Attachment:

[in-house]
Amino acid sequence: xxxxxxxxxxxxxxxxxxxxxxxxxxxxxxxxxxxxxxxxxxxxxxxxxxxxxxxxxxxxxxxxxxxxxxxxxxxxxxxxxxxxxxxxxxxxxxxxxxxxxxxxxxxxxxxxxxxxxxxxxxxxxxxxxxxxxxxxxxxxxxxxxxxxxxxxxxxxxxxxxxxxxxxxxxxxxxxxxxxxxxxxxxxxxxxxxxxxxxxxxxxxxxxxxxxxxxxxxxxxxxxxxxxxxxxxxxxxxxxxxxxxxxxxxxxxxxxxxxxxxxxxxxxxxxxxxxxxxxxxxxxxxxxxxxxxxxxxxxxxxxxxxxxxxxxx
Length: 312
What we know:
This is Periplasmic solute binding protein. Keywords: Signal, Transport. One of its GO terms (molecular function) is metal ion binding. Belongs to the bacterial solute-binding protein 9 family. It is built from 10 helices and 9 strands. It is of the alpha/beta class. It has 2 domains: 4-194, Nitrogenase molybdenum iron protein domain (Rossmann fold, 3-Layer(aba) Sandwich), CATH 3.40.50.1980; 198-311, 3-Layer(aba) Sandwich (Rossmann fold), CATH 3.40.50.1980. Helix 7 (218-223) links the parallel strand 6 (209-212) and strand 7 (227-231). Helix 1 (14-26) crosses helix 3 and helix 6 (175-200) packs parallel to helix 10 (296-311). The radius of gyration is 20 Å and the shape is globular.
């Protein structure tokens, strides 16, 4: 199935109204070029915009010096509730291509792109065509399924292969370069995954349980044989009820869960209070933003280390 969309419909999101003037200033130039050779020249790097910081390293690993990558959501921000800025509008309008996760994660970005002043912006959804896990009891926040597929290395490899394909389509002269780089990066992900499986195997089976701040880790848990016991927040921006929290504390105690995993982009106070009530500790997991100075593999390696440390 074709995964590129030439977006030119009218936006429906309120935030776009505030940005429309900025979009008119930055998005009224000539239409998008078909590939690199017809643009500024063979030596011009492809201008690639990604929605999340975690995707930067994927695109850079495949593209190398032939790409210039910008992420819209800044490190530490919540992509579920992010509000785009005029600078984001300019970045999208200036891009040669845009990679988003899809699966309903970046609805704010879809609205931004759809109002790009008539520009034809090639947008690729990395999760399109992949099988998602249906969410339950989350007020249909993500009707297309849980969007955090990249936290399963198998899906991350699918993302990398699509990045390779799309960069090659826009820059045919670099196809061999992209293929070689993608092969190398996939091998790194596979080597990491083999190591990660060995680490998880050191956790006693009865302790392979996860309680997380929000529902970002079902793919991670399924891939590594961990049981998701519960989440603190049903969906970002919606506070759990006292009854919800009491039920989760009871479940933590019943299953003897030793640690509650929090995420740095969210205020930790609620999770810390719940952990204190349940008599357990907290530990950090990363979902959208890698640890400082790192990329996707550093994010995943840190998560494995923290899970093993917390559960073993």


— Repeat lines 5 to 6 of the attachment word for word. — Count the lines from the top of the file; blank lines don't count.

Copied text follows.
This is Periplasmic solute binding protein. Keywords: Signal, Transport. One of its GO terms (molecular function) is metal ion binding. Belongs to the bacterial solute-binding protein 9 family. It is built from 10 helices and 9 strands. It is of the alpha/beta class. It has 2 domains: 4-194, Nitrogenase molybdenum iron protein domain (Rossmann fold, 3-Layer(aba) Sandwich), CATH 3.40.50.1980; 198-311, 3-Layer(aba) Sandwich (Rossmann fold), CATH 3.40.50.1980. Helix 7 (218-223) links the parallel strand 6 (209-212) and strand 7 (227-231). Helix 1 (14-26) crosses helix 3 and helix 6 (175-200) packs parallel to helix 10 (296-311). The radius of gyration is 20 Å and the shape is globular.
């Protein structure tokens, strides 16, 4: 199935109204070029915009010096509730291509792109065509399924292969370069995954349980044989009820869960209070933003280390 969309419909999101003037200033130039050779020249790097910081390293690993990558959501921000800025509008309008996760994660970005002043912006959804896990009891926040597929290395490899394909389509002269780089990066992900499986195997089976701040880790848990016991927040921006929290504390105690995993982009106070009530500790997991100075593999390696440390 074709995964590129030439977006030119009218936006429906309120935030776009505030940005429309900025979009008119930055998005009224000539239409998008078909590939690199017809643009500024063979030596011009492809201008690639990604929605999340975690995707930067994927695109850079495949593209190398032939790409210039910008992420819209800044490190530490919540992509579920992010509000785009005029600078984001300019970045999208200036891009040669845009990679988003899809699966309903970046609805704010879809609205931004759809109002790009008539520009034809090639947008690729990395999760399109992949099988998602249906969410339950989350007020249909993500009707297309849980969007955090990249936290399963198998899906991350699918993302990398699509990045390779799309960069090659826009820059045919670099196809061999992209293929070689993608092969190398996939091998790194596979080597990491083999190591990660060995680490998880050191956790006693009865302790392979996860309680997380929000529902970002079902793919991670399924891939590594961990049981998701519960989440603190049903969906970002919606506070759990006292009854919800009491039920989760009871479940933590019943299953003897030793640690509650929090995420740095969210205020930790609620999770810390719940952990204190349940008599357990907290530990950090990363979902959208890698640890400082790192990329996707550093994010995943840190998560494995923290899970093993917390559960073993």